November BLS: Another Ho-Hummer

Published on December 4th, 2015

The November Bureau of Labor Statistics report is the latest in a seemingly never-ending series of ho-hummers that included some marginally good news, but with plenty of bad mixed in.

The economy added 211,000 jobs with one of the leading contributors being, as usual, the hotel and food services sector, as well as retail. Those sectors added a combined 70,000 jobs, mostly low-paying and often part-time. Average hourly earnings rose $0.04, but the slightly higher wages were offset by a decline in the average hours worked from 34.6 to 34.5. Making more money means little if hours spent on the job are fewer.

Boeing robot paints 777 aircraft wing.

The official but discredited unemployment rate remained at 5 percent, but the more accurate U-6 rate rose .01 percent to an unacceptable 9.9 percent. The U-6 includes unemployed people, part-time workers who want a full-time job but can’t find one, and many discouraged workers who have given up the looking for employment.

Looking ahead, Americans face a challenging future wherein they will have to compete with a growing working-age population, increasing automation and endless competition from employment-authorized legal immigrants. First, approximately 4 million Americans turn 18 each year and join the work force.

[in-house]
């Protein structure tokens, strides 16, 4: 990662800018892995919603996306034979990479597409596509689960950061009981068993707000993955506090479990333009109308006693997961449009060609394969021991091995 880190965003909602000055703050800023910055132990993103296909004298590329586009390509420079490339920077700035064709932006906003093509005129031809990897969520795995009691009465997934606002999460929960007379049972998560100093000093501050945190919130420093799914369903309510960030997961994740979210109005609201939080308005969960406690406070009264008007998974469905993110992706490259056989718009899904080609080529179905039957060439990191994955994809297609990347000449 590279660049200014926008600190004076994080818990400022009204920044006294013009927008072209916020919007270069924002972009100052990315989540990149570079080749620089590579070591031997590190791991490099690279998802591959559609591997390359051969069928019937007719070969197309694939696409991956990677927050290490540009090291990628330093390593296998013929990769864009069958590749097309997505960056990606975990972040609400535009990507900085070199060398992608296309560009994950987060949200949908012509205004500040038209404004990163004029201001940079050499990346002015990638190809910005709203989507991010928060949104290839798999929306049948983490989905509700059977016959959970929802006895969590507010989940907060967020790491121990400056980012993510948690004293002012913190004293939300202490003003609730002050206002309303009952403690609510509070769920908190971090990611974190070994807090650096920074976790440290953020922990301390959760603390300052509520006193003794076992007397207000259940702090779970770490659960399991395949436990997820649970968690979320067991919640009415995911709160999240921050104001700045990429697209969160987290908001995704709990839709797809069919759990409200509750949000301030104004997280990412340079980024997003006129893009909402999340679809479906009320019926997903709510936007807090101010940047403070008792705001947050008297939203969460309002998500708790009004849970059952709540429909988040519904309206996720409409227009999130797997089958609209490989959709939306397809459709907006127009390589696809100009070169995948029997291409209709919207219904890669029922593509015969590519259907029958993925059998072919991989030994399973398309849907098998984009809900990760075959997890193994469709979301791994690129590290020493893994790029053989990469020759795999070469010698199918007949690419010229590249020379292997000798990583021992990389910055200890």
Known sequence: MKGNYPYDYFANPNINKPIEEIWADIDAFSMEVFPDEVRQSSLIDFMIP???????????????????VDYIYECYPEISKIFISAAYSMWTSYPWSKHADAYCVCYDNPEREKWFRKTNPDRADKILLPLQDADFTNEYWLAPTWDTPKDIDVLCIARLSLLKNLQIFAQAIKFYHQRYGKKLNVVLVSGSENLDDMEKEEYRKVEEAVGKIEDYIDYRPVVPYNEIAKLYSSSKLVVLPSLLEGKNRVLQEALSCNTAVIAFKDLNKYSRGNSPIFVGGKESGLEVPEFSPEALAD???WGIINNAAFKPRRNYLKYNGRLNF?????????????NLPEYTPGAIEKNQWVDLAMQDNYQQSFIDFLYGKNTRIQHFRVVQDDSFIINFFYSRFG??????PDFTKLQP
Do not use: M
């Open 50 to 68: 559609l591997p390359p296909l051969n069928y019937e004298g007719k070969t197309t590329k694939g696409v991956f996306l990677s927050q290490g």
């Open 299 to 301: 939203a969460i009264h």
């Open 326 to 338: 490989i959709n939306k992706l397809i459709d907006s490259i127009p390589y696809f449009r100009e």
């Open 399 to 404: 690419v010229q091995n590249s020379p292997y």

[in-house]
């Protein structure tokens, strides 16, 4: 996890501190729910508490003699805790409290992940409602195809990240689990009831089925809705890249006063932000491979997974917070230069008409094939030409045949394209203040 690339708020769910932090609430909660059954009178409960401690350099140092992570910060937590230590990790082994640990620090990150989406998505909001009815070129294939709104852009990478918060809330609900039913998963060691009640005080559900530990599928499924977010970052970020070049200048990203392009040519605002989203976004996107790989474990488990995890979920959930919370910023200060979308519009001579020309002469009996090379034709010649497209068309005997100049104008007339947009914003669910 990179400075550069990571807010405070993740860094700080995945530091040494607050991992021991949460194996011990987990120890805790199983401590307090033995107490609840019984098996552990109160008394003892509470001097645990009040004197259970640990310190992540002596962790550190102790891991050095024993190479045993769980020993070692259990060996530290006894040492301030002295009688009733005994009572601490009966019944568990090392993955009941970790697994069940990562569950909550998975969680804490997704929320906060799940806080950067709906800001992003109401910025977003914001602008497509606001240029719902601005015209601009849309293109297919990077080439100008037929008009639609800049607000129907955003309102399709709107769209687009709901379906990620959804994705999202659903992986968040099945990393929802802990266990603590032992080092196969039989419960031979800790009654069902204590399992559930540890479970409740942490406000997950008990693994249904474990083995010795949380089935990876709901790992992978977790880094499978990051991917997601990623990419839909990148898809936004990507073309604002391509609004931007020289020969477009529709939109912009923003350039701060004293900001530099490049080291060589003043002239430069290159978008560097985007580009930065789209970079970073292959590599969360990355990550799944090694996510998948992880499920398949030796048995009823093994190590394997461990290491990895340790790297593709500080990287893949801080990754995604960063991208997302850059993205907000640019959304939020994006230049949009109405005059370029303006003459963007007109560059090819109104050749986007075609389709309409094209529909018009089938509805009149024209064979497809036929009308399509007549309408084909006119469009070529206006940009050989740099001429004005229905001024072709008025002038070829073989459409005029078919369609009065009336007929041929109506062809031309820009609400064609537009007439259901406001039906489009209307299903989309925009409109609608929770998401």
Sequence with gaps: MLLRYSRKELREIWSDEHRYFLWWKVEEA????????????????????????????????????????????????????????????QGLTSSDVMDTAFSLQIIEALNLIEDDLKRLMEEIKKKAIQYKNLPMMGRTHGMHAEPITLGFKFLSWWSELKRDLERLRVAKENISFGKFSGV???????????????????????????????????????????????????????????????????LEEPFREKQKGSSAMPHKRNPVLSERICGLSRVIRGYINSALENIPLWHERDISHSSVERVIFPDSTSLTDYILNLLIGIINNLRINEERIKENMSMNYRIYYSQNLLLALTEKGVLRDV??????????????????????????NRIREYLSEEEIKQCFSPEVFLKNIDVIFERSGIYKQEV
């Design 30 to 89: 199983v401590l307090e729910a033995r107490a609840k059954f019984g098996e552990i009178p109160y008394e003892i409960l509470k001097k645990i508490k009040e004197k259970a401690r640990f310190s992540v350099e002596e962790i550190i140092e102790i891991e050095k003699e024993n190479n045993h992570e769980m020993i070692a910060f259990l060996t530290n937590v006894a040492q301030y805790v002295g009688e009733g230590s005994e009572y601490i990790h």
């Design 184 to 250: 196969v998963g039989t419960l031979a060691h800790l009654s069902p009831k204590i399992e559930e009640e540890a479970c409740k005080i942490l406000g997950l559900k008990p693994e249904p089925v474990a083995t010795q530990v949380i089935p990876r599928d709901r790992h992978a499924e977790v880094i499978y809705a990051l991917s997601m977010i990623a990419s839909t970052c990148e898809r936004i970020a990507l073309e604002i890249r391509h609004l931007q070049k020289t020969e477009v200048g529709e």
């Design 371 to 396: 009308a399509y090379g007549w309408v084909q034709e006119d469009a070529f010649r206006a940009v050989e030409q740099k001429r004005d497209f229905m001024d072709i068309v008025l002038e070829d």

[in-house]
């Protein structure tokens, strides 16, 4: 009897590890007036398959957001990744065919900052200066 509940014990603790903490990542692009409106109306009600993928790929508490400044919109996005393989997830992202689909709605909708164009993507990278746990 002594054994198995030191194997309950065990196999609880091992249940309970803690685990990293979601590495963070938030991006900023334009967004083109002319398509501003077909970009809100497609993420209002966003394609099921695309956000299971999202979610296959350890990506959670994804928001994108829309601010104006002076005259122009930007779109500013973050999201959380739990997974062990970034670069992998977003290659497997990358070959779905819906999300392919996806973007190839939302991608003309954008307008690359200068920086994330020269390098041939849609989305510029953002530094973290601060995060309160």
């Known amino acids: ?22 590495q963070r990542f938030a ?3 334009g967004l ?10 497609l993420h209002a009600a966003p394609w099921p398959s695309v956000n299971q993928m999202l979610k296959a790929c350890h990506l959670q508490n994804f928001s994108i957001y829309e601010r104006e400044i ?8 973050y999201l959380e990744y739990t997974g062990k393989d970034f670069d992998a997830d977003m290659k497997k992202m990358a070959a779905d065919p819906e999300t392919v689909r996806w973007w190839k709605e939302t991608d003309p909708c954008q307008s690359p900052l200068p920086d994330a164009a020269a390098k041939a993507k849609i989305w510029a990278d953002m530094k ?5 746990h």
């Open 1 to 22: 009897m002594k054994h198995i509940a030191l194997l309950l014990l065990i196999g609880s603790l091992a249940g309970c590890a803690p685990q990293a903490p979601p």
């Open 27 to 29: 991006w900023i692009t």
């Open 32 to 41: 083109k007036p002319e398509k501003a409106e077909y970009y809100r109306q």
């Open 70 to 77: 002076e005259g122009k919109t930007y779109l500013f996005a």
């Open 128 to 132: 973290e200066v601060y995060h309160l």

Second, new research from the consultancy firm McKinsey & Company estimates that 45 percent of today’s jobs could be automated and that robots could perform an additional 13 percent of employment tasks once they’re programed to process spoken words. Machines could do nearly a third or more of jobs humans currently perform, according to McKinsey.

Boeing, for example, plans to use robots in the construction of its 777 fuselages instead of the human workers that traditionally attached the 60,000 hand-installed fasteners. The only jobs not vulnerable to automation are either low-paying, like landscaping and home health care, or high-end positions that require years of education like doctors, CEOs and lawyers. Take this Washington Post quiz here to see if your job is vulnerable to robot replacement.

Third, immigration adds at least 1 million new workers annually. With Muslim immigration and its effect on American security being hotly debated in Congress, it’s interesting to note that between 2001 and 2013, the U.S. permanently resettled about 1.5 million Muslim immigrants, most of them work authorized.

More workers, fewer jobs and more efficient automation mean tougher times ahead for Americans and their families. Please help American workers. Go to the CAPS Action Alert page here, and urge your congressional representative to block TPP that will increase foreign-worker competition through the increased numbers of L-1 and tourist visas that will lead to American job displacement.

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